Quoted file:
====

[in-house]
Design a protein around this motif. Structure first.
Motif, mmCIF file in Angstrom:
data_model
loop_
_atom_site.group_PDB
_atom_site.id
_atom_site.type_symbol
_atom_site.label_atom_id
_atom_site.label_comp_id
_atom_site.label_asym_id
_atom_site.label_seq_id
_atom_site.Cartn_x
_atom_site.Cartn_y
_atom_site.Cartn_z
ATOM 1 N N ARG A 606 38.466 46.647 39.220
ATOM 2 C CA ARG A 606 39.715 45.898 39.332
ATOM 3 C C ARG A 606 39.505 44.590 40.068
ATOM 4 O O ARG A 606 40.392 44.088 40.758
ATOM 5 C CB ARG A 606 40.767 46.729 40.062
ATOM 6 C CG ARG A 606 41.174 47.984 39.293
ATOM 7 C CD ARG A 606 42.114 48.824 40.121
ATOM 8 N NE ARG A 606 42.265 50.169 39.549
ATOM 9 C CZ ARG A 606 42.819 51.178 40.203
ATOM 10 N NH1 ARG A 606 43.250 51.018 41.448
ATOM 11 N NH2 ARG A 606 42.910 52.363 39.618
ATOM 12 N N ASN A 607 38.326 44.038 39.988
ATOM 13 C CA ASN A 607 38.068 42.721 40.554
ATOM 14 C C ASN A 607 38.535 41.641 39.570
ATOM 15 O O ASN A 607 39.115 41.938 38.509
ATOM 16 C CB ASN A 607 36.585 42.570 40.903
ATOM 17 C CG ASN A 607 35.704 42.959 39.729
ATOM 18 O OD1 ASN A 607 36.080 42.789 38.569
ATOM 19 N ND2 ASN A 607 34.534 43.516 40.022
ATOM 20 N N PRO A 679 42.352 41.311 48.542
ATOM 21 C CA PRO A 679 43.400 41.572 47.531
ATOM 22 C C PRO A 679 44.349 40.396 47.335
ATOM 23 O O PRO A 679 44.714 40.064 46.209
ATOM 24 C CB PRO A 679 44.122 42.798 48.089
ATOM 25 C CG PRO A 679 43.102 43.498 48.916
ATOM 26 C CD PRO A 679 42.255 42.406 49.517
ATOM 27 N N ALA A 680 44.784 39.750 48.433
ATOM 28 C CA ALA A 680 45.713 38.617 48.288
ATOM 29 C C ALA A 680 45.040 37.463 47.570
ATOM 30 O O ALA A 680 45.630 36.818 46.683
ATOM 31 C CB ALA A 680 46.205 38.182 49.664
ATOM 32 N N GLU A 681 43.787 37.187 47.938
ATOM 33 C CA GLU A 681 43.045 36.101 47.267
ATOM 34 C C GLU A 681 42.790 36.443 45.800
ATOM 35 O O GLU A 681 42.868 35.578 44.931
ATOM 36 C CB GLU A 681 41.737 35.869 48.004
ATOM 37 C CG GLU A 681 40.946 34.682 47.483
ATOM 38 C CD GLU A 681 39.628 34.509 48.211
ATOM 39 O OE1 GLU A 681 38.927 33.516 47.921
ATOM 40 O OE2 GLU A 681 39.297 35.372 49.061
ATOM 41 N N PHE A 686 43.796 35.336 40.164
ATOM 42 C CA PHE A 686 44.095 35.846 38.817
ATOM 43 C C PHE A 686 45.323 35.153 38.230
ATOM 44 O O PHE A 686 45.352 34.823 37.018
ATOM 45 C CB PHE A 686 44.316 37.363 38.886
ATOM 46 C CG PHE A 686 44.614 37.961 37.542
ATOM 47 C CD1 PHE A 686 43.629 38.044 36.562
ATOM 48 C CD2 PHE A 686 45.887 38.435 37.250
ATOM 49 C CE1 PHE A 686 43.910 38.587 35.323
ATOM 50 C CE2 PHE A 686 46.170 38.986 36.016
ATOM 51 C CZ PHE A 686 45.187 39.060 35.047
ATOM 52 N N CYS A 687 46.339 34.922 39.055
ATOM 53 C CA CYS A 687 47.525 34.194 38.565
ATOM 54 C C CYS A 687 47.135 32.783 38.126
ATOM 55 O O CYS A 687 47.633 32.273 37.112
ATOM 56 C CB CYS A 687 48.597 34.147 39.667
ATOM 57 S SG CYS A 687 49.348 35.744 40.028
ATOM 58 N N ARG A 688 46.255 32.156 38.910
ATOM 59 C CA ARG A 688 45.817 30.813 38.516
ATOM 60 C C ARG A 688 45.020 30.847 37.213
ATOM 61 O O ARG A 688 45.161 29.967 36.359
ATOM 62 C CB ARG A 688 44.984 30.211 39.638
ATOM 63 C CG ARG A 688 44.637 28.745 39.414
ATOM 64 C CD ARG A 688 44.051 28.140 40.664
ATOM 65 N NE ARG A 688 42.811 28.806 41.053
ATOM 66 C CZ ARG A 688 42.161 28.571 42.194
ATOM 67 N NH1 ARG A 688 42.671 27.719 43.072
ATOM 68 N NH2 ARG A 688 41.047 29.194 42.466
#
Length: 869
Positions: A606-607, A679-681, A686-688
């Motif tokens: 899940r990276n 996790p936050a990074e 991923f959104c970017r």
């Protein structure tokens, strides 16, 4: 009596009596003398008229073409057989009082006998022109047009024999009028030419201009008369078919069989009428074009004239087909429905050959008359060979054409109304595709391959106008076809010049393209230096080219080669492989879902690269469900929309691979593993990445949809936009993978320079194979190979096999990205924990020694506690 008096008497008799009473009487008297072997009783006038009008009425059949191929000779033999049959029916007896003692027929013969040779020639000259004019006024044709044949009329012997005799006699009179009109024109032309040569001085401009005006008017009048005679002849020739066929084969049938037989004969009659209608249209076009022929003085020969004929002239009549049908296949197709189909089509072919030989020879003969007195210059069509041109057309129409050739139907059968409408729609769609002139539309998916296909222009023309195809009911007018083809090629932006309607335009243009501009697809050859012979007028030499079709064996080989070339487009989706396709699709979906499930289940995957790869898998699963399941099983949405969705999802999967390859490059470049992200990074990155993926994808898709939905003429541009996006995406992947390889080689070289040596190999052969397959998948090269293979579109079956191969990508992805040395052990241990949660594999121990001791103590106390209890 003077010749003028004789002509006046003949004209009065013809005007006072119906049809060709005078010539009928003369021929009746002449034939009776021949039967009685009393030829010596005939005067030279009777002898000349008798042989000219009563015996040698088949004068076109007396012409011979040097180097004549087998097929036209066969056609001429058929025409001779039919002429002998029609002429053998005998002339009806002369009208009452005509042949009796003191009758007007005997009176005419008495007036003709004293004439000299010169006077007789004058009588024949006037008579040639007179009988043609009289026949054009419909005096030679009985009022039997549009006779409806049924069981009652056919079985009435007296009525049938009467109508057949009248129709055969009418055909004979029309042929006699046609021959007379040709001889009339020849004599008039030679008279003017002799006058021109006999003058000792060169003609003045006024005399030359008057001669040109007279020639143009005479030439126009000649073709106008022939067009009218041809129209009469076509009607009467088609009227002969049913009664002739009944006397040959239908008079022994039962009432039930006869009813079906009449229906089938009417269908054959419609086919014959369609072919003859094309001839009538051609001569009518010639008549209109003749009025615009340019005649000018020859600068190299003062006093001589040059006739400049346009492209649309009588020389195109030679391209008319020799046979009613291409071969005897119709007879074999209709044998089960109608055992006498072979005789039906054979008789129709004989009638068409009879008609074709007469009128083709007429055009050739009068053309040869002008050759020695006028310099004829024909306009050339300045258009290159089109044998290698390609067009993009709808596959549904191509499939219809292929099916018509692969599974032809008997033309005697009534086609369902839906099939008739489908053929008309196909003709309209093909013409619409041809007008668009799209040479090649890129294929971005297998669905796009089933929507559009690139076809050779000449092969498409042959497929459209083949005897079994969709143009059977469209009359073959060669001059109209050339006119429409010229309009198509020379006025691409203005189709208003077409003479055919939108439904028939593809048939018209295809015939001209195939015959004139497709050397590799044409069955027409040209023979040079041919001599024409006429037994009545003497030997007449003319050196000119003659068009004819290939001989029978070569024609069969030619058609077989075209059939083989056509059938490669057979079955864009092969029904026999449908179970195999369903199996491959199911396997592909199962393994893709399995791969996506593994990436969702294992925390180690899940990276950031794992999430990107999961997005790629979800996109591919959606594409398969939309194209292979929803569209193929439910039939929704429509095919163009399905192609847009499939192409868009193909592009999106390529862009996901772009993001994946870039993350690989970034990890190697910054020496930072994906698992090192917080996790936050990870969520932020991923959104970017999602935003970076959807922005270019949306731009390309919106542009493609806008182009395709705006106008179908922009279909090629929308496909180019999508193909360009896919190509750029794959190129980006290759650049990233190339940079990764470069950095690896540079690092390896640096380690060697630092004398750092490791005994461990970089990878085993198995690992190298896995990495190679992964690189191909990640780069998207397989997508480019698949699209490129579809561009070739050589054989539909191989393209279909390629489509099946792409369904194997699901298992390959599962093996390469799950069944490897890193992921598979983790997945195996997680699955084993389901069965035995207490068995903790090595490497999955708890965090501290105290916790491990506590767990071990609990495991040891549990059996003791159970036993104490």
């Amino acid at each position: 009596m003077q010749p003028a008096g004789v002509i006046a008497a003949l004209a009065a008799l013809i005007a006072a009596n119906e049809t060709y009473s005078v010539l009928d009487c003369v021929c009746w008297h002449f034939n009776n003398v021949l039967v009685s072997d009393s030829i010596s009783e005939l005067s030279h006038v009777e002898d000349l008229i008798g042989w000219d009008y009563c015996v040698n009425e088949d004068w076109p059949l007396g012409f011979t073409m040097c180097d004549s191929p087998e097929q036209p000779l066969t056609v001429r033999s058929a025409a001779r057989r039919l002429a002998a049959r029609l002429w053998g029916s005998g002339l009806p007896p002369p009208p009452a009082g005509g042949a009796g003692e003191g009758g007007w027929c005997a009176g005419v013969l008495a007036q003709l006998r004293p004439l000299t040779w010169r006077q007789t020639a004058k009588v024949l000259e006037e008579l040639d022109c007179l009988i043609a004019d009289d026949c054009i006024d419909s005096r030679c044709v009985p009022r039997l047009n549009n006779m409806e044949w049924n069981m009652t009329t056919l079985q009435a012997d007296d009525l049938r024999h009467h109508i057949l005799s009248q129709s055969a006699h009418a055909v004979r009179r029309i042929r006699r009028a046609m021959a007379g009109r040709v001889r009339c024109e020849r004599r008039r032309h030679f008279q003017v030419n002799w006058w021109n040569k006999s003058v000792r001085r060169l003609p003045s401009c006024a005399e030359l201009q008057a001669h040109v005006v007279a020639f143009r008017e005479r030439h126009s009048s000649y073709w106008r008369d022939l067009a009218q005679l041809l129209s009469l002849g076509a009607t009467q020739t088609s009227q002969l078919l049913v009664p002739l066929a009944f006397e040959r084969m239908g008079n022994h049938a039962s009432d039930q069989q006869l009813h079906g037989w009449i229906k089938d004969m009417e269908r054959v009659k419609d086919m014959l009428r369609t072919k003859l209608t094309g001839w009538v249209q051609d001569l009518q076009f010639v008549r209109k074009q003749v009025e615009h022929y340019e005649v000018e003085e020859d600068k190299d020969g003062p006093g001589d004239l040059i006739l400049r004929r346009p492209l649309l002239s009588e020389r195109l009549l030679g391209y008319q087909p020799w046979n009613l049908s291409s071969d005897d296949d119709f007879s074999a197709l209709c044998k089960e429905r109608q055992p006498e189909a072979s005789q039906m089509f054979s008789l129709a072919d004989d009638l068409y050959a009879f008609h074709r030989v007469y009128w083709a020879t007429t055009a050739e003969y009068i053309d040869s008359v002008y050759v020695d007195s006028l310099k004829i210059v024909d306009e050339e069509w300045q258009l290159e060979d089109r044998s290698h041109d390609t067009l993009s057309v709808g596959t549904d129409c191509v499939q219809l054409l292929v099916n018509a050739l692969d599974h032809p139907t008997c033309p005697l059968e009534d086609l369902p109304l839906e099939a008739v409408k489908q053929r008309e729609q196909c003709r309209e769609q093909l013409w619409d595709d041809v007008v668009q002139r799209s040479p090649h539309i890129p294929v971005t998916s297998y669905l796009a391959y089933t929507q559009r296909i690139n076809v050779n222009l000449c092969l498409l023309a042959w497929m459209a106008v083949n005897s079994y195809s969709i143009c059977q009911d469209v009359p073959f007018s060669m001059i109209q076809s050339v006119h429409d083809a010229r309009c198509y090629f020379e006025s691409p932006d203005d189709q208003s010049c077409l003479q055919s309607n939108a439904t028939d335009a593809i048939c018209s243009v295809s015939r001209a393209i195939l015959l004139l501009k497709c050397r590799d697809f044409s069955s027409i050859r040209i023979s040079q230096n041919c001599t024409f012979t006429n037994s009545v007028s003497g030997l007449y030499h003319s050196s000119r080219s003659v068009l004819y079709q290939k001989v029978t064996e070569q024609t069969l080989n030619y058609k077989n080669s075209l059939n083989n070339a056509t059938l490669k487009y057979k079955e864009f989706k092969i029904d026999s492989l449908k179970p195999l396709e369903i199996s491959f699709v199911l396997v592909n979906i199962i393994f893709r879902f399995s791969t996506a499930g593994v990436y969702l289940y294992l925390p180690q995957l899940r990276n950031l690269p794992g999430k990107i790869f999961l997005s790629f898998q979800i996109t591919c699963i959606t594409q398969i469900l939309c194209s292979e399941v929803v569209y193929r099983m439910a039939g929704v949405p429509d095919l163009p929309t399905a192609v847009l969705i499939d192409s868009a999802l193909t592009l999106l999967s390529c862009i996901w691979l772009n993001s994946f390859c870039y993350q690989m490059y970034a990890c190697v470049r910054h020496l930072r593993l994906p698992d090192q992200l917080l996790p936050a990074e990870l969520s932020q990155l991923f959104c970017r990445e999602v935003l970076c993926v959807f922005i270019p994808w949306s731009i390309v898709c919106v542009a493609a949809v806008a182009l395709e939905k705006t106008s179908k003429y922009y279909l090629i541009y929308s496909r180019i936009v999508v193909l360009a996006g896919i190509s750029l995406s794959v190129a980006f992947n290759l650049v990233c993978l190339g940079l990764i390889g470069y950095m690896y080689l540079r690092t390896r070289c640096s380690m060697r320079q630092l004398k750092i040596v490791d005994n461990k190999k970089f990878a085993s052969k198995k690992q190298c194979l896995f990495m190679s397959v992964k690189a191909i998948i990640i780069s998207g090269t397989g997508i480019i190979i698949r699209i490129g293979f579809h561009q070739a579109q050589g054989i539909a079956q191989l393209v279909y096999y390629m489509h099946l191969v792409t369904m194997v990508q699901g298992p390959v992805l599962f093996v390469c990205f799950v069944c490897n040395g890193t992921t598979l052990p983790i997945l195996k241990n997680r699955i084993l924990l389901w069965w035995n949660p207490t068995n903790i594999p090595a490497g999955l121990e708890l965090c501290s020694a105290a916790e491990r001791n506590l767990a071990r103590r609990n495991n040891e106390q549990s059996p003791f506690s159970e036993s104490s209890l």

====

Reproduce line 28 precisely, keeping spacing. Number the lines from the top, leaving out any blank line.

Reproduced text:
ATOM 13 C CA ASN A 607 38.068 42.721 40.554